For students such as John Mathew, Joseph Babu and Binoy Joseph, it would have been impossible to turn their summer project into a company and business idea, had it not been for Startup Village.

Their company, Riafy, works on social media analytics. The company's product can predict the success rate of a movie, its collections, as well as theatres in which a particular film is likely to be successful -- with 90 per cent accuracy.

Click NEXT to read more...


Image: A presentation at Startup Village office.

Tags:

Prev     Next

The success story of Kerala's Startup Village

Prev     Next
Prev

Next

John Mathew, chief executive of Riafy, says, "We did this as part of our summer project in college. We decided to approach Startup Village and it helped us set up the company."

Of the top 20 promising start-ups from the Village, HedCET, STAD, Bluebag, QEdge Code Studios and DION are student innovations.

Policy changes

The efforts of the incubation centre to push reforms have started showing results - understanding the need to nurture an entrepreneurship culture, the state government has brought out a policy on this front.

It said universities would provide student-entrepreneurs enrolled in incubation programmes in technology business incubators grace marks of up to four per cent, as well as attendance relaxation of up to 20 per cent.

In its recently-announced budget, the state government also set aside Rs 75 crore for various start-up schemes.

Click NEXT to read more...



Tags:

Prev     Next

The success story of Kerala's Startup Village

Prev     Next
Prev

Next

Kerala Chief Minister Oommen Chandy says, "The state needs to grow, in terms of investment. It should also gain a foothold with regard to productivity, especially in modern avenues such as IT and related fields. Though Kerala made headlines by coming up with the first technopark in the country, there hasn't been impressive growth in the IT sector, in terms of expansion, investment and employment generation."

Mentoring

Apart from Gopalakrishnan, Startup Village has roped in leaders such as MindTree chief executive Krishnakumar Natarajan, former Yahoo! research and development India head Sharad Sharma, angel investor Freeman Murray, Nishant Verman of Canaan Partners and Sasha Mirchandani of Kae Capital.

"It is an important initiative for Kerala; young entrepreneurs have a self-help community to support growth," said Sharad Sharma.

Click NEXT to read more...



Tags:

Prev     Next

The success story of Kerala's Startup Village

Prev     Next
Prev

Next

Ecosystem

Infrastructure partner Kerala Industrial Infrastructure Development Corporation is constructing 1,00,000 sq ft of infrastructure space; an additional 20,000 sq ft is ready. For student start-ups, the infrastructure is provided free of cost for a year; for the rest, the fee is Rs 1,000 per seat.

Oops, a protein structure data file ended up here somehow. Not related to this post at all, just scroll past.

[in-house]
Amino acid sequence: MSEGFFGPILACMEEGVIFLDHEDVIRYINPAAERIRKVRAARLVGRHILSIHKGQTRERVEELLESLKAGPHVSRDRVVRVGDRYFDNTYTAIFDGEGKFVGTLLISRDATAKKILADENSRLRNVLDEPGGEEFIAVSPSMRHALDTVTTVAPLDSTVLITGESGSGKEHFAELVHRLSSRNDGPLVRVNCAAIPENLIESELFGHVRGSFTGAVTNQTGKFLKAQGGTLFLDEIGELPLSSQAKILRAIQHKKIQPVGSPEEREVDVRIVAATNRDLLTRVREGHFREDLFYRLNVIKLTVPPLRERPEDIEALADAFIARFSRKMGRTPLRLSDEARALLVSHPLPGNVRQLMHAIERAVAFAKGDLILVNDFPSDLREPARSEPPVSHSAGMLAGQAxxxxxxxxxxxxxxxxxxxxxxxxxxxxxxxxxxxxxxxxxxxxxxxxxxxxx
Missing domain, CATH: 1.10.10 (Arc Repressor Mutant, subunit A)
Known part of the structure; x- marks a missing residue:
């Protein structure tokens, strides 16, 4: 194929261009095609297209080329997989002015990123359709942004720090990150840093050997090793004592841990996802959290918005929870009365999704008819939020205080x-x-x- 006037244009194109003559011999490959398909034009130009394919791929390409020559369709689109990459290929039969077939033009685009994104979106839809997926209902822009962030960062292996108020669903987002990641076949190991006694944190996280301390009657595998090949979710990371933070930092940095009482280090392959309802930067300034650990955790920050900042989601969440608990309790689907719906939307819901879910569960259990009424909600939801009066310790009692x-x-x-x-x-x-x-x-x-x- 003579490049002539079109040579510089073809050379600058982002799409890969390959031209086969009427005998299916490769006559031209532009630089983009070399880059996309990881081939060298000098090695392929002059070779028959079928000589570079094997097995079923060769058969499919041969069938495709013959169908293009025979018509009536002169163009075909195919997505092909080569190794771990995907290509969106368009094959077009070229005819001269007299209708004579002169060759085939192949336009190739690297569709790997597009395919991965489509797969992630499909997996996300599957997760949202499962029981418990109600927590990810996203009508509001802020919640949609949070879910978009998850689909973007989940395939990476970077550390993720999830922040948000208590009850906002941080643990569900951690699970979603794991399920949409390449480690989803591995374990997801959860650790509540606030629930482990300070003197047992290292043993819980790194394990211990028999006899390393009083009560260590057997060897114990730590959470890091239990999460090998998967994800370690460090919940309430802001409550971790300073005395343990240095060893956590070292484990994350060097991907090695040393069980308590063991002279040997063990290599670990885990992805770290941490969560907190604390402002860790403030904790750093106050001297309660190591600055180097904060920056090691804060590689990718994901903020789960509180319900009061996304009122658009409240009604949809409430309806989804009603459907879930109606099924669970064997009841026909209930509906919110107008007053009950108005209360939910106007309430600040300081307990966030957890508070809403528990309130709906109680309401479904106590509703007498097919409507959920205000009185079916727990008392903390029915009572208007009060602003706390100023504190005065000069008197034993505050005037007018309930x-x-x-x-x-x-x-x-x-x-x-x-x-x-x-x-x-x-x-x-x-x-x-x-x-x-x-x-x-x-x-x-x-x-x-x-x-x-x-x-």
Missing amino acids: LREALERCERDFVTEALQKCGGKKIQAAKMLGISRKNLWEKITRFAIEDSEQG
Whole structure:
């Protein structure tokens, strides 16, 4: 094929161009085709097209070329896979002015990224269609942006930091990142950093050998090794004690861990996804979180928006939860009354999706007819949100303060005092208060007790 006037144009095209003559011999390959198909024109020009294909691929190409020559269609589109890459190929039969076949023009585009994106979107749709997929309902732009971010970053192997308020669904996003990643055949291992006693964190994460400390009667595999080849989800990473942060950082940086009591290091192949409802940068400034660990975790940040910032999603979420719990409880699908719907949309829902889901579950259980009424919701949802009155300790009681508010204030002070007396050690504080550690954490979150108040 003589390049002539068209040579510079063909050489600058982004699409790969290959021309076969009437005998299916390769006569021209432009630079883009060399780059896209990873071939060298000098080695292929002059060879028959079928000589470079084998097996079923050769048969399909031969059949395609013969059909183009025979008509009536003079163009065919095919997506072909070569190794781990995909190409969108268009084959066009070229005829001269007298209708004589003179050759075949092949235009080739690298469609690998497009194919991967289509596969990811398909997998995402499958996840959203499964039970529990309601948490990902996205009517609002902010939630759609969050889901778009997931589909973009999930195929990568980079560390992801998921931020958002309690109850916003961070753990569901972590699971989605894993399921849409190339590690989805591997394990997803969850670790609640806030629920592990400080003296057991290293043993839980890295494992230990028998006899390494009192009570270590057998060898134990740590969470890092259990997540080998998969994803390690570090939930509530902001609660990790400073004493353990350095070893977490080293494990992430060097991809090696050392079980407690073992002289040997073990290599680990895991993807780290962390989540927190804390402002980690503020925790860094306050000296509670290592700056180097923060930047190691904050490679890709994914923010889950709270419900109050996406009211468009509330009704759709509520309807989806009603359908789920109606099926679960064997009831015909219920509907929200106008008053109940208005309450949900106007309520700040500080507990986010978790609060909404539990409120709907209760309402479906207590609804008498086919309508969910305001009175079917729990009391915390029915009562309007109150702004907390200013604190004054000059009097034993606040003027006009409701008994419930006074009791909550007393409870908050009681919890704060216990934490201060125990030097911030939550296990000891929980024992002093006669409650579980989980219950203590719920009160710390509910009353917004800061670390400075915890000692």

Another initiative by the centre, in partnership with the Rajeev Motwani Foundation, is SV Square, which provides start-ups and students from Kerala access to Silicon Valley experience. A Startup Village team has also visited the UK.

"A start-up from Kerala is now selected for a US-based accelerator programme. With our 'Startup Village to Silicon Valley' programme, we are sending students to the Valley. These are some signs of what we are trying to achieve," says Sanjay Vijayakumar, chief executive of MobMe and chairman of Startup Village.

Click NEXT to read more...


Image: Sijo Kuruvilla George, CEO, Startup Village (L) and Sanjay Vijayakumar, chairperson, Statup Village.

Tags:

Prev     Next

The success story of Kerala's Startup Village

Prev     Next
Prev

Next


Start-up school

Another feature of the incubation centre is the Startup School. The campus offers accommodation to students during trying times.

As part of a three-month residential programme, under the guidance of technology entrepreneur Freeman Murray, students interested in creating mobile and web start-ups are provided food, a place to sleep and access to the internet. The programme also offers a full-time resident mentor.

Under the leadership of Gopalakrishnan, a Startup Village technology leader has formed the Kerala Angel Network, which aims to create a network of 1,000 successful Malayalee entrepreneurs.

Click NEXT to read more...


Image: Kris Gopalakrishnan.

Tags:

Prev     Next

The success story of Kerala's Startup Village

Prev     More
Prev

More

Gopalakrishnan says, "The perception of Kerala is changing. There are many successful businessmen across the globe who have roots in Kerala. With this network, we intend to bring them together and create a network to help start-ups."

The 'Startup Village Fund', an angel fund of $10 million, would invest $20,000-250,000 in companies that show potential for growth. Members of the fund wouldn't hold board seats.

If required, they would take up minority positions in start-ups and exit in the next round of investments, to ensure the founders have substantial stake in the company.

With the necessary framework in place, can Kerala create a new tech culture and groom 1,000 start-ups? Time alone would answer.


Image: Startup Village.

Tags:

Prev     More
Source: